The Bureau of Alcohol, Tobacco, Firearms and Explosives has dropped a bombshell not too long ago by announcing their new rule on stabilizing braces, which has sent shockwaves throughout the industry. Under this new stupid rule, all pistols equipped with a brace will be classified as short barreled rifles and thus subject to the restrictions imposed by the National Firearms Act of 1934 — more commonly referred to as the NFA.

The gun community is up in arms about this development, and not just figuratively. Two major lawsuits have been filed to put a stop to the ATF’s pistol brace rule, with some heavy hitters backing them up. The Gun Owners of America or GOA and the state of Texas have teamed up to file the first lawsuit in the Southern District of Texas. 

Meanwhile, 25 states have joined forces with SB Tactical and the Firearms Regulatory Accountability Coalition or FRAC to file a lawsuit in the Western Division of North Dakota. To top it off, the NRA is chipping in to fund the latter lawsuit, even though they are not officially a plaintiff in the case.

These lawsuits are a big deal, as they have the support of numerous states and influential gun organizations that are determined to fight back against what they see as an unjust and overreaching regulation. The battle lines have been drawn, and it remains to be seen how this legal battle will play out. But one thing is for sure: the gun community is not taking this lying down, and they are ready to put up a fierce fight to protect their rights.

Given the absurdity of it all, when the ATF made their announcement of their final rule on stabilizing braces on January 31st, everyone in the gun community knew that it was only a matter of time before Second Amendment rights advocates started filing lawsuits left and right. The rule broadened the regulatory definition of a rifle, such that pistols equipped with a brace may be considered short barreled rifles and subject to NFA regulations. 

The ATF made it happen by modifying the regulatory definition of a rifle to include language that covers weapons equipped with a stabilizing brace designed to be fired from the shoulder, quote: “A weapon that is equipped with an accessory component or other rearward attachment, i.e., a stabilizing brace, that provides surface area that allows the weapon to be fired from the shoulder, provided other factors which indicate that the weapon is designed, made, and intended to be fired from the shoulder,” end quote.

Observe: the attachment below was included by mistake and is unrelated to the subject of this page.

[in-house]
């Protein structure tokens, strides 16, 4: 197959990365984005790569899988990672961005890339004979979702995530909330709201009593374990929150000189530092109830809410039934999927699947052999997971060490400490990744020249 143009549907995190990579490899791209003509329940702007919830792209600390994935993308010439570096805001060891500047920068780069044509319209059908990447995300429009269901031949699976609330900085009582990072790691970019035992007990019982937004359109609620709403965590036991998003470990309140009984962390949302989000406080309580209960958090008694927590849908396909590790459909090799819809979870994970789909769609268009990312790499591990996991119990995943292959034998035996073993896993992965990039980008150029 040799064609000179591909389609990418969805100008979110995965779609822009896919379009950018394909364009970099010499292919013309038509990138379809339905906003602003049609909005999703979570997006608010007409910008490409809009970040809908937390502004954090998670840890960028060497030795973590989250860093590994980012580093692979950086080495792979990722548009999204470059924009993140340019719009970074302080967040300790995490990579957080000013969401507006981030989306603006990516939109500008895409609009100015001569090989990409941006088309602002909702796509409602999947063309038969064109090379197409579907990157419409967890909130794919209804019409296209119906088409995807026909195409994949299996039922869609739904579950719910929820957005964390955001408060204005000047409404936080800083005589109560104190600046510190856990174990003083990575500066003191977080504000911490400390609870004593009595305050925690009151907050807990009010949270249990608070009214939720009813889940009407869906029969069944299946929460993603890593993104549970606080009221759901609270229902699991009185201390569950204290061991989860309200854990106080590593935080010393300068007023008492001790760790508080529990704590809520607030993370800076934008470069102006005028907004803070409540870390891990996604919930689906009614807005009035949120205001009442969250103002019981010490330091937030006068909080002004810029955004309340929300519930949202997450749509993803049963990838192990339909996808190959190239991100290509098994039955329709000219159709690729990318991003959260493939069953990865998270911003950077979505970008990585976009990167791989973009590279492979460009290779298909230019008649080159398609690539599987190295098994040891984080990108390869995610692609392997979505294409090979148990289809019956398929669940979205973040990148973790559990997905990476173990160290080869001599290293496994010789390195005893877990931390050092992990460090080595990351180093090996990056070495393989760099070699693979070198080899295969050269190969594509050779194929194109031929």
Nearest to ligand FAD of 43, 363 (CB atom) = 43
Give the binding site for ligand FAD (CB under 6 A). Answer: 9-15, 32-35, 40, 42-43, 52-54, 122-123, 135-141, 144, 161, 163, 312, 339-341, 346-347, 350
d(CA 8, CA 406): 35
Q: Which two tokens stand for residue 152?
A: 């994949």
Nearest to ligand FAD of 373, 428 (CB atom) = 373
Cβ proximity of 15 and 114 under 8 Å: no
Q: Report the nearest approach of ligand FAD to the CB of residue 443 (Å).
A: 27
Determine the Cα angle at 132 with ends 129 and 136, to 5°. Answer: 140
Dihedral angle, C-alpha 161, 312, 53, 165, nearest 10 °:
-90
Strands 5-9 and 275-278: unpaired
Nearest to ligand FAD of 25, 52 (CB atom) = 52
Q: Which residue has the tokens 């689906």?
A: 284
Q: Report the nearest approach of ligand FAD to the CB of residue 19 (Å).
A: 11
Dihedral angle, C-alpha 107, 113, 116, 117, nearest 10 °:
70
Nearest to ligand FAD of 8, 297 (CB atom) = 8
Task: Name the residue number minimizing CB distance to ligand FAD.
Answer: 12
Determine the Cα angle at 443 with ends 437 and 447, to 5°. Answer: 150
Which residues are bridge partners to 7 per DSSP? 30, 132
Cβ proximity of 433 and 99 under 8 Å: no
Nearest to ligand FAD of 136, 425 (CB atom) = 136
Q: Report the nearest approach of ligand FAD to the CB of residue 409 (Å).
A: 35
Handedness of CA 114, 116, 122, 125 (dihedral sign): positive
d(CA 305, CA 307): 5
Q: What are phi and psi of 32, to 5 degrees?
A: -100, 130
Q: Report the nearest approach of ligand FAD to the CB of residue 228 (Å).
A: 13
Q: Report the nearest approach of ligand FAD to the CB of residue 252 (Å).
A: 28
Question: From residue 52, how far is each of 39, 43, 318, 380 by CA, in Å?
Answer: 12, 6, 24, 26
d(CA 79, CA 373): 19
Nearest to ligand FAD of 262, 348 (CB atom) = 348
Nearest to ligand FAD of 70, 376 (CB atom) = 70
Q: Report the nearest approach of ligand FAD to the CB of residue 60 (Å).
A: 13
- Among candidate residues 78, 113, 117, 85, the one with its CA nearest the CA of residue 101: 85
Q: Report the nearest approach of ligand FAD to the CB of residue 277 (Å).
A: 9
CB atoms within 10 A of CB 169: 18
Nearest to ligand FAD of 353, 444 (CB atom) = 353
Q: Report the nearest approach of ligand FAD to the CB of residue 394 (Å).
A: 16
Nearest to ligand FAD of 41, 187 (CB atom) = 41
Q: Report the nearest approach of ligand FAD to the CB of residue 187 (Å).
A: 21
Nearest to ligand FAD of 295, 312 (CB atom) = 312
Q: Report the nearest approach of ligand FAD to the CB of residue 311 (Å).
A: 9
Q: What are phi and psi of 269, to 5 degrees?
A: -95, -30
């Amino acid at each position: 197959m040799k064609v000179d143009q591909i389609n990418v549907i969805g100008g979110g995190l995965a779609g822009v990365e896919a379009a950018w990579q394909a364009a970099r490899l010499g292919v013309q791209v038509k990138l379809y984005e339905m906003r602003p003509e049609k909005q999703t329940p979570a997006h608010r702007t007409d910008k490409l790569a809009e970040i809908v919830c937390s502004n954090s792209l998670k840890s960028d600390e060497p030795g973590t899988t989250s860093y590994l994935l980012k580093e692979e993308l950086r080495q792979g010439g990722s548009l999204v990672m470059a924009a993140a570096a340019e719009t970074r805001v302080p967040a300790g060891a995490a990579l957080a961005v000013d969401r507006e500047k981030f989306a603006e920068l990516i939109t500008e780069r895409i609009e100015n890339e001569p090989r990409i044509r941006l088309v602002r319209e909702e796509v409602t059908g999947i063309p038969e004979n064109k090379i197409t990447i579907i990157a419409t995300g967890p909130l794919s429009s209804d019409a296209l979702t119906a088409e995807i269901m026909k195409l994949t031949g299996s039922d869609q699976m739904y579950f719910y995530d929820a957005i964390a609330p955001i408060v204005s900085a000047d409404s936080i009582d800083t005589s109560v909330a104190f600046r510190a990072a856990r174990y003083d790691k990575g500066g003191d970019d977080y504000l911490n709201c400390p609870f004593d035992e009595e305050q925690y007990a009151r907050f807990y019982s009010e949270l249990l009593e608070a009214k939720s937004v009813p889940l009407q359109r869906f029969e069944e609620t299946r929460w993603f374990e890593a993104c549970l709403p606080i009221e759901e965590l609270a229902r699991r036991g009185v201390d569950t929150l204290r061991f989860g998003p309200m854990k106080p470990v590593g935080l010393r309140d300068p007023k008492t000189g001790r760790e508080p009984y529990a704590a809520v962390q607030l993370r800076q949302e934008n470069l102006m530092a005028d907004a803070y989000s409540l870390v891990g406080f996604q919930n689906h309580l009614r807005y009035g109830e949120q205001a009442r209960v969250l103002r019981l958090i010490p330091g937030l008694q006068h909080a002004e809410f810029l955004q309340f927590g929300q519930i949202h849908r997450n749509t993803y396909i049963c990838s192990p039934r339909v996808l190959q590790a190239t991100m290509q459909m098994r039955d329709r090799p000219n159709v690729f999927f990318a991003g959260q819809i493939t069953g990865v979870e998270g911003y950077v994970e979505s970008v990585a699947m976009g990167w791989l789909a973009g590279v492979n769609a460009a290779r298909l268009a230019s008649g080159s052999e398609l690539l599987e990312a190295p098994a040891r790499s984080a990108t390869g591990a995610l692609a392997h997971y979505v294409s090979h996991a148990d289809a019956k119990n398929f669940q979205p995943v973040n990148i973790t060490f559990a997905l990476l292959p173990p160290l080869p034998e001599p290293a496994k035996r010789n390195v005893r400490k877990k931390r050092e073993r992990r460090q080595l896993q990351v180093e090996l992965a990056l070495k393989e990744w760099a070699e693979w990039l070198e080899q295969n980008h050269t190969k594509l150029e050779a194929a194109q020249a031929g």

As a result of this change, many firearms may now fall under the NFA’s regulation of short battle rifles. These lawsuits challenge the new rule and language change directly. 

In one such lawsuit, the GOA and the state of Texas seek to have the final rule found invalid under several legal theories, including as a violation of the Administrative Procedures Act, separation of powers, and due process. Additionally, they contend that it represents an unconstitutional tax and is overly vague.

In that lawsuit, the plaintiffs allege that the rule violates both the Administrative Procedures Act and the Second Amendment. The plaintiffs argue that the ATF did not follow the proper procedures for creating a new rule and that the final rule is drastically different from the proposed rule, which they put forward originally. 

In the proposed rule, the entire brace analysis was centered around a specific worksheet, but the ATF completely scrapped that worksheet and came up with a new test in the final rule. The plaintiffs claim that such a drastic change is not proper under the Administrative Procedure Act. Additionally, they argue that Chevron deference should not be used to analyze the issue, and that the rule of lenity should be used if a court finds that the term SBR is vague or the term rifle is vague.

Now, I don’t mean to get all “lawyer speak” on any of you, but I think I need to break down what is going on with this whole Chevron deference thing so we are all on the same page.